Wardens on a mission to tackle anti-social issues in community
COMMUNITY wardens are tackling anti-social issues across Lochaber.
Willie Duncan and Matthew Possner were appointed as Lochaber’s community wardens in September 2016. While the pair don’t have specific patches, they work 28 hours a week across four days for the Highland Council, patrolling central and rural areas.
The wardens are concerned with problems including dog fouling, untidy gardens and fly tipping. They also help with housing allocation and recently helped in the welcoming of Syrian families to Kinlochleven.
Should the wardens find a garden filled with inappropriate items or overgrown grass they will give the householder a letter telling them to get the place in order.
If the situation hasn’t improved after 14 days, a second letter will be sent informing the resident the amount the council will charge to do the work for them. Willie Duncan told the Loch
aber Times: ‘We have about a 94 to 96 per cent success rate in places like Caol. Once people get the second letter, they tend to get the job done.
‘Once we issue the first letter, the name is logged. Some problems may take longer to fix and we give people the benefit of the doubt, but if someone tells us they are going to fix whatever problem we have highlighted on Wednesday, we will be there on the Thursday to check.
‘It doesn’t need to come to that though. If people have white goods they want to get rid of they can contact the Highland Council and get an uplift for £18.20. There is no need for people to be sitting with fridge freezers in their front garden. All that does is get the neighbours angry and cause unrest in the community.’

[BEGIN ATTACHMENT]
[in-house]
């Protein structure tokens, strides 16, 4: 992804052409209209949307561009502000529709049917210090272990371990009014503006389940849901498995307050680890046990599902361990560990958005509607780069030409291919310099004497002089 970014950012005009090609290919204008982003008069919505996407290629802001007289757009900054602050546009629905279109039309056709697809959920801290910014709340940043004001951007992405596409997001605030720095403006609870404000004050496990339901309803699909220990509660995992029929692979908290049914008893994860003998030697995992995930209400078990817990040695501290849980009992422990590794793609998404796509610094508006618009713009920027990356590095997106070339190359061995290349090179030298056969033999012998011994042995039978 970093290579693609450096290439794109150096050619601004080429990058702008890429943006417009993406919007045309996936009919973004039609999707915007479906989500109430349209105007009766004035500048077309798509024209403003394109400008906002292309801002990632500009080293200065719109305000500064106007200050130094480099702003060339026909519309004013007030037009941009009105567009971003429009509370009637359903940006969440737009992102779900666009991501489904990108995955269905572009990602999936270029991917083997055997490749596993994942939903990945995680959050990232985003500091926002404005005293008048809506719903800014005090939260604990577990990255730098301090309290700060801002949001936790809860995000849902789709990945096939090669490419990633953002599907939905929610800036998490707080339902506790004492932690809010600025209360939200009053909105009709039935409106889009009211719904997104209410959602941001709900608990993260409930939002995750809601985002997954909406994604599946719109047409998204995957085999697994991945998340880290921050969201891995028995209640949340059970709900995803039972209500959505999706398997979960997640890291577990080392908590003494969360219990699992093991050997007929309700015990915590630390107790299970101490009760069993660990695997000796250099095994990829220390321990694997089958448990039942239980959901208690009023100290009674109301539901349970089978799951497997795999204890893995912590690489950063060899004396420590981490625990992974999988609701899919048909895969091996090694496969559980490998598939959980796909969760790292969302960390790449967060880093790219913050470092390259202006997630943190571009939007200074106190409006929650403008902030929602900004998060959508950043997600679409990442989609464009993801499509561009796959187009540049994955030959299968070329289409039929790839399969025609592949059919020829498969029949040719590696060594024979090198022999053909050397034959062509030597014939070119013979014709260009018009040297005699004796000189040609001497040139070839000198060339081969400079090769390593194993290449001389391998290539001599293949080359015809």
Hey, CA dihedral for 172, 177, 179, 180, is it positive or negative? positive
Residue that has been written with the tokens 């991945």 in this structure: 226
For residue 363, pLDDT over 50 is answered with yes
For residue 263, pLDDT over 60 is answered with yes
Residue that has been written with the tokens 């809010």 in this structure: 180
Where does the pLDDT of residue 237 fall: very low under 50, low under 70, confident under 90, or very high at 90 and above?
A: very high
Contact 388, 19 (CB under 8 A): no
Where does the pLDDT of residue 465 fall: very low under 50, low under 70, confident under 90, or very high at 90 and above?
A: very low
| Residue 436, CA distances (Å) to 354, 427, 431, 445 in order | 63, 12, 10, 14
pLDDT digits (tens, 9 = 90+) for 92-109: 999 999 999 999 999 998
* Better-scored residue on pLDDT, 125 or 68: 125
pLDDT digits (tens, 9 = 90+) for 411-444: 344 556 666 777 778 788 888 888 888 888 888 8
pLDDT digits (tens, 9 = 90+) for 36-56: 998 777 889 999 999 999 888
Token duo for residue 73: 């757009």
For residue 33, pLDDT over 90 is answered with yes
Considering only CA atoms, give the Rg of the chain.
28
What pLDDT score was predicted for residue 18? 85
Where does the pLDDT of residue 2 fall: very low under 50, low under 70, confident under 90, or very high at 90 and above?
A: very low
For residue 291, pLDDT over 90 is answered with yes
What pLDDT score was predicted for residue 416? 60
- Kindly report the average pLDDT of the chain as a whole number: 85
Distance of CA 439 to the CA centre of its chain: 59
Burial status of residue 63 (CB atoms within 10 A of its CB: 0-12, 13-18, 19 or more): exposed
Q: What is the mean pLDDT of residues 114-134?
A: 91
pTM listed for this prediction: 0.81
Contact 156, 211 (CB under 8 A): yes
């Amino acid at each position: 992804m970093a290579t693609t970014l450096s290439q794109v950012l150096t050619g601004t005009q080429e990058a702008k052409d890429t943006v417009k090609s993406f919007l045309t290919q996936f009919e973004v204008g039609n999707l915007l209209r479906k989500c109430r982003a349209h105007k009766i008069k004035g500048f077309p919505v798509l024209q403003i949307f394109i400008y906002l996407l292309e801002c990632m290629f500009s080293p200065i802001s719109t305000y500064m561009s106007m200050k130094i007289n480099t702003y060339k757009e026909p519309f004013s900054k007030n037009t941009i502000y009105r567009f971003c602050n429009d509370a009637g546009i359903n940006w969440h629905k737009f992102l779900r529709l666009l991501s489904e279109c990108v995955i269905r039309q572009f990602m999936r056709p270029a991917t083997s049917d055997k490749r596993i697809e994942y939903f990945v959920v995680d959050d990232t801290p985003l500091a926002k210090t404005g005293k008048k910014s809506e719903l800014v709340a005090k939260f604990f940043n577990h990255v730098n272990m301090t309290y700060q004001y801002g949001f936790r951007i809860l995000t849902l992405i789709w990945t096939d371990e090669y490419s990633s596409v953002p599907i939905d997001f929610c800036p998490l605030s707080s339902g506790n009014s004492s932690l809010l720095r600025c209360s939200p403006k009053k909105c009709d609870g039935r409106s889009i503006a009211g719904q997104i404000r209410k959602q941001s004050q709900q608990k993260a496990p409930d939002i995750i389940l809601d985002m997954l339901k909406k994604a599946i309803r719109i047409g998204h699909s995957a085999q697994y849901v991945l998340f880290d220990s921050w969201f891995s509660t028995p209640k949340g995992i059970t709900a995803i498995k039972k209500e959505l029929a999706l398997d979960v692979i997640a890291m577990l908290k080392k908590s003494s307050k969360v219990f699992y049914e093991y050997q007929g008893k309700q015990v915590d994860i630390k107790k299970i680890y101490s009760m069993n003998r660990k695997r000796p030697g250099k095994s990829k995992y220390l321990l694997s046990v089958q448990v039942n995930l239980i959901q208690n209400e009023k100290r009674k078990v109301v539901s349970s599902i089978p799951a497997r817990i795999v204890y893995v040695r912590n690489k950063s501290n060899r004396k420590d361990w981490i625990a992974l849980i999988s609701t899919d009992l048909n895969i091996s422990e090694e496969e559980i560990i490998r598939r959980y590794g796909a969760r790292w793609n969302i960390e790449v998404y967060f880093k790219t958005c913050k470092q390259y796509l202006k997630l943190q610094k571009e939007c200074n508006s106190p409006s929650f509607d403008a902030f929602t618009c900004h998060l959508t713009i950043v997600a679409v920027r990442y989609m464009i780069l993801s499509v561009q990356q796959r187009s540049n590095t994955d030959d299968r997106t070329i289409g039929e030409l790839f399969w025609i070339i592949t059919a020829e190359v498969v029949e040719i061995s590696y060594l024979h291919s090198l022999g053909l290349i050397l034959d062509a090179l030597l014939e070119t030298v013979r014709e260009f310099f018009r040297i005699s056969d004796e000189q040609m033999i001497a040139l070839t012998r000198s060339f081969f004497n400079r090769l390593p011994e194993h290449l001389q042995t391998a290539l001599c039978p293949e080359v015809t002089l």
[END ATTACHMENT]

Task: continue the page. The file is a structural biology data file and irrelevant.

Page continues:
According to the Highland Council, the role of the wardens is to work with the community and other agencies to improve the safety and security of the area and to provide support, advice and information to the community.
It has also taken a proactive approach to developing links with community organisations and as part of Mr Duncan and Mr Possner efforts to tackle fly-tipping, they plan to visit schools throughout Lochaber to help engage young people in the importance of community care.
Mr Duncan added: ‘A lot of the problematic areas coincide with where youngsters walk to and from schools at lunch or at home time. Wherever there is unoccupied land you start to see litter building up, for example near the Esso garage in Fort William. The youngsters might be responsible for some of the mess but a lot of it is not out of badness. We hope to change their mindset. Maybe if we can get into the schools and talk to the pupils about the cost and the knock- on effects, they might cotton on to the mess they are making.’
Willie Duncan and Matthew Possner are the community wardens for Lochaber.